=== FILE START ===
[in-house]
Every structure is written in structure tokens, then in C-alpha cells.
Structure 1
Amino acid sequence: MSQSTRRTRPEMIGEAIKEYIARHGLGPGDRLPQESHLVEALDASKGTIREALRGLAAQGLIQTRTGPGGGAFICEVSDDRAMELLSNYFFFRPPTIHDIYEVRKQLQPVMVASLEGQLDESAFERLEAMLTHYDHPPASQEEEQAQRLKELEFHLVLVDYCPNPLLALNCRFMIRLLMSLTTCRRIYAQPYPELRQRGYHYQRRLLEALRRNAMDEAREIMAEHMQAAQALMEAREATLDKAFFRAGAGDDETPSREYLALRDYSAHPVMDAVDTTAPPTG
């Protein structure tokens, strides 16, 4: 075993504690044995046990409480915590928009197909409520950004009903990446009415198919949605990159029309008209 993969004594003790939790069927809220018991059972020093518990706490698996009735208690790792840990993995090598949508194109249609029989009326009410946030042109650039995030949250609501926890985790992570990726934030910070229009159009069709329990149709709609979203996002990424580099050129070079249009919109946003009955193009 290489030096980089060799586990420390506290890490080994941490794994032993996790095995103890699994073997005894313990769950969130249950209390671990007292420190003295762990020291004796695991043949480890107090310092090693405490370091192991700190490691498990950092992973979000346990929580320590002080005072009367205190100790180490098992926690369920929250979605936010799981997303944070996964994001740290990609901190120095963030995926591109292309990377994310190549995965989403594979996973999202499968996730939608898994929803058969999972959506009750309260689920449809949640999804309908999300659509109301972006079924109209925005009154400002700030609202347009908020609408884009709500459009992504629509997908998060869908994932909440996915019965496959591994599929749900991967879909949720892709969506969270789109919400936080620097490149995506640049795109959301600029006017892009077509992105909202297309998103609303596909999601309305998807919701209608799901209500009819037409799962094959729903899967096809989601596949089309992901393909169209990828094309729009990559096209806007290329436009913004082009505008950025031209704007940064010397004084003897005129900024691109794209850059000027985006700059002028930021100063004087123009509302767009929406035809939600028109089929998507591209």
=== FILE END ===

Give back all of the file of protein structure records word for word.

[in-house]
Every structure is written in structure tokens, then in C-alpha cells.
Structure 1
Amino acid sequence: MSQSTRRTRPEMIGEAIKEYIARHGLGPGDRLPQESHLVEALDASKGTIREALRGLAAQGLIQTRTGPGGGAFICEVSDDRAMELLSNYFFFRPPTIHDIYEVRKQLQPVMVASLEGQLDESAFERLEAMLTHYDHPPASQEEEQAQRLKELEFHLVLVDYCPNPLLALNCRFMIRLLMSLTTCRRIYAQPYPELRQRGYHYQRRLLEALRRNAMDEAREIMAEHMQAAQALMEAREATLDKAFFRAGAGDDETPSREYLALRDYSAHPVMDAVDTTAPPTG
């Protein structure tokens, strides 16, 4: 075993504690044995046990409480915590928009197909409520950004009903990446009415198919949605990159029309008209 993969004594003790939790069927809220018991059972020093518990706490698996009735208690790792840990993995090598949508194109249609029989009326009410946030042109650039995030949250609501926890985790992570990726934030910070229009159009069709329990149709709609979203996002990424580099050129070079249009919109946003009955193009 290489030096980089060799586990420390506290890490080994941490794994032993996790095995103890699994073997005894313990769950969130249950209390671990007292420190003295762990020291004796695991043949480890107090310092090693405490370091192991700190490691498990950092992973979000346990929580320590002080005072009367205190100790180490098992926690369920929250979605936010799981997303944070996964994001740290990609901190120095963030995926591109292309990377994310190549995965989403594979996973999202499968996730939608898994929803058969999972959506009750309260689920449809949640999804309908999300659509109301972006079924109209925005009154400002700030609202347009908020609408884009709500459009992504629509997908998060869908994932909440996915019965496959591994599929749900991967879909949720892709969506969270789109919400936080620097490149995506640049795109959301600029006017892009077509992105909202297309998103609303596909999601309305998807919701209608799901209500009819037409799962094959729903899967096809989601596949089309992901393909169209990828094309729009990559096209806007290329436009913004082009505008950025031209704007940064010397004084003897005129900024691109794209850059000027985006700059002028930021100063004087123009509302767009929406035809939600028109089929998507591209």